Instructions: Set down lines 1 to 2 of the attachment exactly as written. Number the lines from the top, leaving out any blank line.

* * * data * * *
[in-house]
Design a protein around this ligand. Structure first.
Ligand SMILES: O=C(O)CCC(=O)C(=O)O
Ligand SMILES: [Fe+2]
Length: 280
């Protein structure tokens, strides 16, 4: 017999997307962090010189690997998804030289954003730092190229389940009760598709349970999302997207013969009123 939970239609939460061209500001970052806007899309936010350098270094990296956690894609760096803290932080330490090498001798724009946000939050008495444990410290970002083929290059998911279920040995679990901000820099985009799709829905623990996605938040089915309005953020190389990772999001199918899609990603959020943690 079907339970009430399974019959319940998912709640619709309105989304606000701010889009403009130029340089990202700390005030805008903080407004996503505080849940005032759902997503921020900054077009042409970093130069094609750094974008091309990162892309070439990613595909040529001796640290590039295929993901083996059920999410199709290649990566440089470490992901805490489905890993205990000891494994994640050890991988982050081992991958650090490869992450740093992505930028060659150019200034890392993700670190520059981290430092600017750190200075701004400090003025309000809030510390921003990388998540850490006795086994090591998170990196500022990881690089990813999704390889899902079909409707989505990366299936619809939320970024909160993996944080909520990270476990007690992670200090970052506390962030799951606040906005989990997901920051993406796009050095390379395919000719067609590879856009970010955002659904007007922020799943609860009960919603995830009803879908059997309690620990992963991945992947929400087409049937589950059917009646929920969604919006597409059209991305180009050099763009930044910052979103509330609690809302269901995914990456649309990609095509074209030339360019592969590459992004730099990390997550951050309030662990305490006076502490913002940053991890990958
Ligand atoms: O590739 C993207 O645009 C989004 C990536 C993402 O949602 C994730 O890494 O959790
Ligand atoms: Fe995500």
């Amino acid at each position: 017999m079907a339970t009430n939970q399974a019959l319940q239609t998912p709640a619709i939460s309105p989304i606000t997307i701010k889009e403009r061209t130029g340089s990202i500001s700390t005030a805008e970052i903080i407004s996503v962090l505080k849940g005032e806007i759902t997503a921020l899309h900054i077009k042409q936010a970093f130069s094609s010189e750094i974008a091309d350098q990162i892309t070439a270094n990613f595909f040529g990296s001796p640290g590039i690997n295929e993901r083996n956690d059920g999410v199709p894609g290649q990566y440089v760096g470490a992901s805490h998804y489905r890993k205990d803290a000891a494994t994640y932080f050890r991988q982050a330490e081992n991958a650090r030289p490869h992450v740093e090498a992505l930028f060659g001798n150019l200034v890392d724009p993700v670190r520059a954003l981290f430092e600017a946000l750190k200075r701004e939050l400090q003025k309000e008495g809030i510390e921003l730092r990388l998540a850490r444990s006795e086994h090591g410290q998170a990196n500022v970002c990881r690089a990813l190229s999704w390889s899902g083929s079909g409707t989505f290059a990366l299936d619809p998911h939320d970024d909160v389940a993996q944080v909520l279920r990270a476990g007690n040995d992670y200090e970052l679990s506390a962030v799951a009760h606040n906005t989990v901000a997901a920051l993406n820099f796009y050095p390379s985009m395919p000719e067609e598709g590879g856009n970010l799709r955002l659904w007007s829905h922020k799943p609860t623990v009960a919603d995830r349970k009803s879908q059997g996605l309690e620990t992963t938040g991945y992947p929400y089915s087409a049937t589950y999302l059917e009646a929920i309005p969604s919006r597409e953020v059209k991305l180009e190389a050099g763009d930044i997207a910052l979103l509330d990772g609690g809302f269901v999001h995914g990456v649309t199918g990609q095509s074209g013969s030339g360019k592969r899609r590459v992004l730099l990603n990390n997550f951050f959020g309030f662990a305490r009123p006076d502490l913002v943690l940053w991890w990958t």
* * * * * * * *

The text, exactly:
[in-house]
Design a protein around this ligand. Structure first.